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Remember My Name

Fame! I wanna live forever! I wanna learn how to fly!

I’d sit in front of the television back in the 80’s and watch rapturously as the screen was filled with people wearing polka-dotted shirts, leggings, scrunchies, tight jeans and jean jackets. This song, these dancers, they spoke to me. Dance is the body’s way of interpreting music and although I couldn’t play any instruments, dance was something that came natural to me.

I have to say that all my life I have felt like a 5′ 11″ man trapped in a 6′ 5″ body. I’m too big to be a dancer or a gymnast, but these are things that I loved growing up. Some guys grow up loving football and sports. They trade baseball cards and play catch with their dads. I preferred to dance. I loved Michael Jackson and parachute pants and although I didn’t grow up with MTV, I was aware that somewhere out there in the world there were people who really danced.

When I was little I always felt like someday I would grow up to be famous. Does everyone feel that way about themselves? What would Freud or Jung say about this feeling? Who knows, what I do know is that as a kid I always felt special and even now when I watch people on stage, I don’t just think, “I could do that” I know I can – and sometimes I do.

For me dancing and performing aren’t about Fame or Remembering My Name… but rather something that is a part of me, like breathing. In order to exist I have to dance. When I hear a great song I envision the choreography for the video. I see a backdrop for a scene, a stage, the lighting and then I imagine myself or someone else dancing to the beat.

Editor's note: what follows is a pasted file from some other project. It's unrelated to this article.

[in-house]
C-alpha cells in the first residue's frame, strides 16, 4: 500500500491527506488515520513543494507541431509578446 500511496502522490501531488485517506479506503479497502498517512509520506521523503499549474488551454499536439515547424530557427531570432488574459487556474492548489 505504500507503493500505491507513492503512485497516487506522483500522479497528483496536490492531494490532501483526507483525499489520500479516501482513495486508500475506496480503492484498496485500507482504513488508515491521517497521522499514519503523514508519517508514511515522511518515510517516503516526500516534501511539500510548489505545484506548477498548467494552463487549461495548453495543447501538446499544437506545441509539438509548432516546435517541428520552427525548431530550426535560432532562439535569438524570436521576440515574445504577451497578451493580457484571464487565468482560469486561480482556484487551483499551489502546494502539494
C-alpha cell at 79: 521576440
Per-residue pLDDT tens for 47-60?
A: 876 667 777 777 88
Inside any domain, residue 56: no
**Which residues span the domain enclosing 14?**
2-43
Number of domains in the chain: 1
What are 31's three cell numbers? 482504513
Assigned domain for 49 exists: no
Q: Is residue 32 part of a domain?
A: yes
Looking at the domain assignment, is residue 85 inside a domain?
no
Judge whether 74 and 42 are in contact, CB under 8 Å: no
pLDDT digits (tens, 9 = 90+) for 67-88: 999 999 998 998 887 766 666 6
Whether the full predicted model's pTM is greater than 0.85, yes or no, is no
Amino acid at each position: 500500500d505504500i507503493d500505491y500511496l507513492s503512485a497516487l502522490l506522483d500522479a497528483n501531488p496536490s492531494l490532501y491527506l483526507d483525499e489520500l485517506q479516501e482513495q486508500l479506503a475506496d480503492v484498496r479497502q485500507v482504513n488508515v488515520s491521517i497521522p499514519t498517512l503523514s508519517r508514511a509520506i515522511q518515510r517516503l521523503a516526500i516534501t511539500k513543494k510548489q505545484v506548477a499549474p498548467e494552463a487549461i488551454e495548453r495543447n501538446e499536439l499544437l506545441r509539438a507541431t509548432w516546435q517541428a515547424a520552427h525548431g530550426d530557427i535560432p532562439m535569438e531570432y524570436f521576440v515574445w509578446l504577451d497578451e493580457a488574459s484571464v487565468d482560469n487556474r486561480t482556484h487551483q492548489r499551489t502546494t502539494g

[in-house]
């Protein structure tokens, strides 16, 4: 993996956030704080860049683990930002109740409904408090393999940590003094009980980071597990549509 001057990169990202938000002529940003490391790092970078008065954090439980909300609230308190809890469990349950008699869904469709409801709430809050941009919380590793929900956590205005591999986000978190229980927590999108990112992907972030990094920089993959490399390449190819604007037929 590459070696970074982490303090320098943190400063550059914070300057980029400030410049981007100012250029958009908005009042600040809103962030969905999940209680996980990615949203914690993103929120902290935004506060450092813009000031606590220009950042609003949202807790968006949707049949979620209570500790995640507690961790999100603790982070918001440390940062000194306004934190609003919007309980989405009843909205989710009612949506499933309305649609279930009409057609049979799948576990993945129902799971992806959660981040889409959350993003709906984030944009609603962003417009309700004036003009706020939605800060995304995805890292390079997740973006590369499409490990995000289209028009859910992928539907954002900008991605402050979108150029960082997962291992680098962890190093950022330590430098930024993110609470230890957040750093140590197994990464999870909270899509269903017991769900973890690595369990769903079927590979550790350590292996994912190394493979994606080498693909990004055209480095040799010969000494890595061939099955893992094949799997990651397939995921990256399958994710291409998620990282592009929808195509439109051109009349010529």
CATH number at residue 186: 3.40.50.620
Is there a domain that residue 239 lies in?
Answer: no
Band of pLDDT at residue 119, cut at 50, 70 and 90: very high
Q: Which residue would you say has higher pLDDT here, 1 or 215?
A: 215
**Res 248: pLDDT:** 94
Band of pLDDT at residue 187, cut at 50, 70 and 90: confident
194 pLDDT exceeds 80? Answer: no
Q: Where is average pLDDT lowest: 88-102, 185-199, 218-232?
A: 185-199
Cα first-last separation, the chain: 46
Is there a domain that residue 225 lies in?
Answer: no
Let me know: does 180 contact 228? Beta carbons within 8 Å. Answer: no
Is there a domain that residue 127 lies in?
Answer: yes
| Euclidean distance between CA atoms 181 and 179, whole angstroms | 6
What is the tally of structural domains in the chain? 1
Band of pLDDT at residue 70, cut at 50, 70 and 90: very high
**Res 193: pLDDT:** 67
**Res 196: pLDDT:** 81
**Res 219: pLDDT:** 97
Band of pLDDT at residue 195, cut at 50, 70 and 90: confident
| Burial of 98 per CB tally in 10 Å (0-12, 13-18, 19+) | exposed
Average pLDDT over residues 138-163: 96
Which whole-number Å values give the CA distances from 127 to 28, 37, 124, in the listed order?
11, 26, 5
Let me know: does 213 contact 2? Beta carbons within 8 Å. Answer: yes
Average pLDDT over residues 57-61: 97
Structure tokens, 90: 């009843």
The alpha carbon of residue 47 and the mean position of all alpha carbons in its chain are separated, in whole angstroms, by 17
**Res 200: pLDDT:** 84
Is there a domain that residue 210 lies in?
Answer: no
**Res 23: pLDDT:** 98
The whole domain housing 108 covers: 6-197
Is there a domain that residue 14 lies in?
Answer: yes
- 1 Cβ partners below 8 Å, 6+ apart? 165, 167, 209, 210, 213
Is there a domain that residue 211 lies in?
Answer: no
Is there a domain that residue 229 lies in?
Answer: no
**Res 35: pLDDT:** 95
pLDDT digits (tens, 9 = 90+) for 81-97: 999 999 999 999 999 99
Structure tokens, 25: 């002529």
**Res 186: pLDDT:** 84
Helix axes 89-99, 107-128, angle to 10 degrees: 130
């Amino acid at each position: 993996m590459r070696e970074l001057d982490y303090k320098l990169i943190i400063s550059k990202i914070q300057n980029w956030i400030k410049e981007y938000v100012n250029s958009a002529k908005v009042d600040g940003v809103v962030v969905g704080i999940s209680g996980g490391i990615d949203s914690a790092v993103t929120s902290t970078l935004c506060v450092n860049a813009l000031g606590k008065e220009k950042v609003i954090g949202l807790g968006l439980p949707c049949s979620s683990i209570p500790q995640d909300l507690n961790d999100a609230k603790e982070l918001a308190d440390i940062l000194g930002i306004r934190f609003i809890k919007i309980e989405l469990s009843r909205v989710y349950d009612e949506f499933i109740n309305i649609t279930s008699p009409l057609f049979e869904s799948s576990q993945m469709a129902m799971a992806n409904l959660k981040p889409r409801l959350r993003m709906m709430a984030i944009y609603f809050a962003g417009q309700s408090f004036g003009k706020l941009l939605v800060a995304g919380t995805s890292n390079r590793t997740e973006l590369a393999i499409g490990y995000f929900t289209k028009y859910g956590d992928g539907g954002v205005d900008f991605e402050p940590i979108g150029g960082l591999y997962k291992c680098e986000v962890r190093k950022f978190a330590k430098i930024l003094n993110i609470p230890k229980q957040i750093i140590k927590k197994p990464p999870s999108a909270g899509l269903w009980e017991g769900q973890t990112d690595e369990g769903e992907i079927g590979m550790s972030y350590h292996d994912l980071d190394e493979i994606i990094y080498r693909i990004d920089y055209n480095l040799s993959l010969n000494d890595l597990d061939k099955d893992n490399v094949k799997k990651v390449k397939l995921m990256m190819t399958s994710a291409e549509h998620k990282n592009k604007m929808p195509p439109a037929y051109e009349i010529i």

When I was a kid I always loved the show “Fame” and when I saw that it was being turned into a movie I was so excited. However, the movie was sort of a let down. There wasn’t much of story line and the ending was sort of anti-climactic, but it did have some nice dance scenes and some great songs mixed in. Perhaps I had my expectations set too high by films like “You Got Served” and “Step Up 1 and 2” but this movie was so close to being good, it just never picked a direction. Instead it did what many of us do in our lives – we try multiple paths and directions hoping to be good at everything instead of being the best at one thing.

I don’t care if people remember my name while I’m here on earth, but I hope to instill in people around me to follow their dreams no matter the cost. I think a lifetime spent working hard at something you love is way better than a lifetime spent working hard at something you don’t.

By Evan Stark

Eddie Renz is an avid fan of Egyptology, Wilbur Smith and bacon. Not a fan of humility but often finds himself humbled when he is around people who understand numbers like the Fibonacci sequence and Pi.

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